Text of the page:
43 - Prosecutor v. Kovacevic, Case No. IT-97-24-AR73, Decision Stating Reasons for Appeals Chamber’s Order of 29 May 1998, 2 July 1998, Separate Opinion of Judge Mohamed Shahabuddeen, p. 2. Judge Shahabuddeen’s Separate Opinion was adopted by the Trial Chamber in a Decision on a Motion for a separate trial in the Brdanin & Talic case, where it was referred to as an application of Rule 49 (it was in fact an application of Rule 50): Prosecutor v. Brdanin & Talic, Case No. IT-99-36-PT, Decision on Motions by Momir Talic for a Separate Trial and for Leave to File a Reply, 9 March 2000, para. 20.
44 - Prosecutor v. Kovacevic, Case No. IT-97-24-AR73, Decision Stating Reasons for Appeals Chamber’s Order of 29 May 1998, 2 July 1998, Separate Opinion of Judge Mohamed Shahabuddeen, pp. 2-3.
45 - Ibid., p. 3. Judge Shahabudeen was referring to a statement made by Wayne R. LaFave and Jerold H. Israel, Criminal Procedure, 2nd ed., p. 762.
46 - Ibid.
47 - Prosecutor v. Kanyabashi, Case No. ICTR-96-15-A, Decision on the Defence Motion for Interlocutory Appeal on the Jurisdiction of Trial Chamber I, 3 June 1999, Joint and Separate Opinion of Judge McDonald and Judge Vohrah, para. 32; and Prosecutor v. Nsengiyumva, Case No. ICTR-96-12-A, Decision on Appeal Against Oral Decision of Trial Chamber II of 28 September 1998, 3 June 1999, Joint and Separate Opinion of Judge McDonald and Judge Vohrah, para. 31.
48 - Prosecutor v. Nsengiyumva, Case No. ICTR-96-12-A, Decision on Appeal Against Oral Decision of Trial Chamber II of 28 September 1998, 3 June 1999, Joint and Separate Opinion of Judge McDonald and Judge Vohrah, para. 31.
49 - Prosecutor v. Kayishema, Case No. ICTR-95-1-T, Prosecutor v. Ntakirutimana, Case Nos. ICTR-96-10-T and ICTR-96-17-T, Prosecutor v. Ruzindana, Case Nos. ICTR-95-1-T and ICTR-96-10-T, Decision on the Motion of the Prosecutor to Sever, to Join in a Superseding Indictment and to Amend the Superseding Indictment, 27 March 1997, p. 3.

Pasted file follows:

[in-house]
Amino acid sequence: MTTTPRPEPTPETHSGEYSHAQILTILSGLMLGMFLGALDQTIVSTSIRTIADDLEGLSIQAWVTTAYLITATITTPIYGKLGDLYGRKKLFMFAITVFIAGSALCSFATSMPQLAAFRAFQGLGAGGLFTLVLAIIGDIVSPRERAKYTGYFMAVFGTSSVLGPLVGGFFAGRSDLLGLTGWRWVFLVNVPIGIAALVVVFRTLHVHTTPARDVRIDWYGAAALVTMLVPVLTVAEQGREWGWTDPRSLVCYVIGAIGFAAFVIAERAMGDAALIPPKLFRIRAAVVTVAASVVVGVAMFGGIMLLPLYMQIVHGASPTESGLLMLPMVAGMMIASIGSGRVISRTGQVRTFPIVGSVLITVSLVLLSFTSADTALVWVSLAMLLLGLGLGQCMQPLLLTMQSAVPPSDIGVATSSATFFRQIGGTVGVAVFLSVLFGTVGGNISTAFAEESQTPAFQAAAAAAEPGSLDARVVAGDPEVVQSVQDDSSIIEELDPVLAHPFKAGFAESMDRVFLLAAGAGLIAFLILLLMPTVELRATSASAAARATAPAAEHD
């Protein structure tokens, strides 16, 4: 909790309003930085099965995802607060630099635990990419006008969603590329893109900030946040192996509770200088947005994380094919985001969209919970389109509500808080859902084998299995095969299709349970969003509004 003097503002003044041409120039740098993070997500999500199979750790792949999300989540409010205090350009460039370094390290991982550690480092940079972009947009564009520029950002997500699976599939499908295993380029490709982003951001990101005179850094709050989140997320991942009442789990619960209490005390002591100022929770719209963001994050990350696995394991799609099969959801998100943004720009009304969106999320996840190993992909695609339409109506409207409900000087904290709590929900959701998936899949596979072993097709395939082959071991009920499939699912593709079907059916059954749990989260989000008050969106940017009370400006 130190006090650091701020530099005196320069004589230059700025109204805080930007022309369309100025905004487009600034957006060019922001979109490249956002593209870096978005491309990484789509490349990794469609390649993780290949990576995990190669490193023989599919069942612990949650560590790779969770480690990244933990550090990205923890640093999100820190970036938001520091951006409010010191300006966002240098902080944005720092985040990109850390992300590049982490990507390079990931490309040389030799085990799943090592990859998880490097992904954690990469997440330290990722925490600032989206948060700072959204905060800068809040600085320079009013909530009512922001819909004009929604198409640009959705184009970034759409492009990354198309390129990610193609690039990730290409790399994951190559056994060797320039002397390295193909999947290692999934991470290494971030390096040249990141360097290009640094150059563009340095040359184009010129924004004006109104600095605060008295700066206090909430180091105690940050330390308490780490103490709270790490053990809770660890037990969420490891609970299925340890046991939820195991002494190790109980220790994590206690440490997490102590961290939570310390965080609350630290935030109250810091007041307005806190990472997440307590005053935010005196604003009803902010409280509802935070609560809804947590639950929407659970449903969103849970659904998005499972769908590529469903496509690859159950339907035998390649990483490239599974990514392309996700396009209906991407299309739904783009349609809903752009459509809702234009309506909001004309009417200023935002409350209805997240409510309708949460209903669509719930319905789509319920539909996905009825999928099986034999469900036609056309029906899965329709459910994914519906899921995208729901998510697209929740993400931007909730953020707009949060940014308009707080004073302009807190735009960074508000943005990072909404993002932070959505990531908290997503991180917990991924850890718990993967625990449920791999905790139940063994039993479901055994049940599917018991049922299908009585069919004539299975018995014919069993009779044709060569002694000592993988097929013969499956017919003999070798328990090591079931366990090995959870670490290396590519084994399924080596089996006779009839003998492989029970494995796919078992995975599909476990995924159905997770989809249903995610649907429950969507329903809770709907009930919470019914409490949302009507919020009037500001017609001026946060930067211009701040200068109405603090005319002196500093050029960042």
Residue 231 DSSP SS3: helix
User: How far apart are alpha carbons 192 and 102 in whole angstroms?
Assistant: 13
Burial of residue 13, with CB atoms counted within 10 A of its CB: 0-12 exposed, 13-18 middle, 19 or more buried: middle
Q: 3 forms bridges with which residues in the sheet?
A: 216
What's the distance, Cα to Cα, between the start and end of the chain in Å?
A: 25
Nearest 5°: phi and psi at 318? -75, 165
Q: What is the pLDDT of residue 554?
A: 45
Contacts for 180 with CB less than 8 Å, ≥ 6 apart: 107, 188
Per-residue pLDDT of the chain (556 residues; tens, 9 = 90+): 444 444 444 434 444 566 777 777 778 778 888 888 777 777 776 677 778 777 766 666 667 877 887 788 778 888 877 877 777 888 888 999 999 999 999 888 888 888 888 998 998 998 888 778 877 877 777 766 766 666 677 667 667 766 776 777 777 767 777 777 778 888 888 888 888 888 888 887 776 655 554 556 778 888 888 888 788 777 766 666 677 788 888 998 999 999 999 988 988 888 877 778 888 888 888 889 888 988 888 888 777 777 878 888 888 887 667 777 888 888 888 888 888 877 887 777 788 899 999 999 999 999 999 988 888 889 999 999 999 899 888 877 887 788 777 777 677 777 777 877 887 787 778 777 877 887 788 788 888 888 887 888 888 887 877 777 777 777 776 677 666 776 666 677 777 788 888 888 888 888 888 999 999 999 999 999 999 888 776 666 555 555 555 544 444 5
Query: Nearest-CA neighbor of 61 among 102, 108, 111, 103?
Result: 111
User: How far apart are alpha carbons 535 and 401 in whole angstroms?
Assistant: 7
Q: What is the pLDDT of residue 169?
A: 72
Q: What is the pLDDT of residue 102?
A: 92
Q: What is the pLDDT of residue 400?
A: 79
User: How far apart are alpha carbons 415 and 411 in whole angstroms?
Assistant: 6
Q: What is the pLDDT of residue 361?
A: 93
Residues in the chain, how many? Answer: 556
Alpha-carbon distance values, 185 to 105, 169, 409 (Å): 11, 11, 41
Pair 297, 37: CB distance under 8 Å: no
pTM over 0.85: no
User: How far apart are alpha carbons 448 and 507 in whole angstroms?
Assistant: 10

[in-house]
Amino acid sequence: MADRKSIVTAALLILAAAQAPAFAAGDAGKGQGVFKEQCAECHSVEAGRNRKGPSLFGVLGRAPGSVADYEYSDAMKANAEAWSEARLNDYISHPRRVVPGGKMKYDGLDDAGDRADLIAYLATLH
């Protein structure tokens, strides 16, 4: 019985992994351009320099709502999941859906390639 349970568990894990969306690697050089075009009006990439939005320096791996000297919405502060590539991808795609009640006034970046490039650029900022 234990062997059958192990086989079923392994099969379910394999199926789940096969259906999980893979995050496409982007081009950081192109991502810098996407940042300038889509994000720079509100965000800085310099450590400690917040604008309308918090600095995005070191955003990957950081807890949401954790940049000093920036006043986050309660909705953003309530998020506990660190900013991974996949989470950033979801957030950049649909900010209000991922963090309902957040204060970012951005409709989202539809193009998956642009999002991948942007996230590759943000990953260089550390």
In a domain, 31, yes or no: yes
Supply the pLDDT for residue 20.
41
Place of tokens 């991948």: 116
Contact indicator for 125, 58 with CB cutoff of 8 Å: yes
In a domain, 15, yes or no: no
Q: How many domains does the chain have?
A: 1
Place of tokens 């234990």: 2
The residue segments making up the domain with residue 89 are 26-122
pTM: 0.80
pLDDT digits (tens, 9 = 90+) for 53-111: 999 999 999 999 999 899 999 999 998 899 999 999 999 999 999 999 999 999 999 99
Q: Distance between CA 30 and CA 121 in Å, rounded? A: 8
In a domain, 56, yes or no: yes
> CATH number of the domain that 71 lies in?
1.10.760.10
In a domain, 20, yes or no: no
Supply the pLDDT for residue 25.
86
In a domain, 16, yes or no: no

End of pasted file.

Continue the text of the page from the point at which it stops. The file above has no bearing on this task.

50 - Prosecutor v. Bagosora, Case No. ICTR-96-7; Prosecutor v. Kabiligi & Ntabakuze, Case Nos. ICTR-97-34 and ICTR-97-30; Prosecutor v. Nsengiyumva, Case No. ICTR-96-12, Decision on the Prosecutor’s Motion for Joinder, 29 June 2000, paras 105-107.
51 - Indictment Rules 1971, r. 9.
52 - R. v. Kray and Others, 53 Cr.App.R. 569.
53 - Ludlow v. Metropolitan Police Commr [1971] A.C. 29.
54 - See supra, paragraph 29. Prosecutor v. Kovacevic, Case No. IT-97-24-AR73, Decision Stating Reasons for Appeals Chamber’s Order of 29 May 1998, 2 July 1998, Separate Opinion of Judge Mohamed Shahabuddeen, pp. 2-3.
55 - Prosecutor v. Bagosora, Case No. ICTR-96-7; Prosecutor v. Kabiligi & Ntabakuze, Case Nos. ICTR-97-34 and ICTR-97-30; Prosecutor v. Nsengiyumva, Case No. ICTR-96-12, Decision on the Prosecutor’s Motion for Joinder, 29 June 2000, paras 120-121.
56 - Motion, para. 12, and Hearing, T. 84.
57 - See supra, paragraphs 42-44.
58 - Motion, para. 41.
59 - Status Conference, 30 October 2001, IT-99-37-PT, T. 136.
60 - Hearing, T. 64-66.
61 - Hearing, T. 67.
62 - Prosecutor v. Kordic & Cerkez, Case No. IT-95-14/2-T, Judgement, 26 February 2001, para. 3.
63 - Hearing, T. 74-76.
64 - Ibid., T. 72-73.
65 - Ibid., T. 68-69.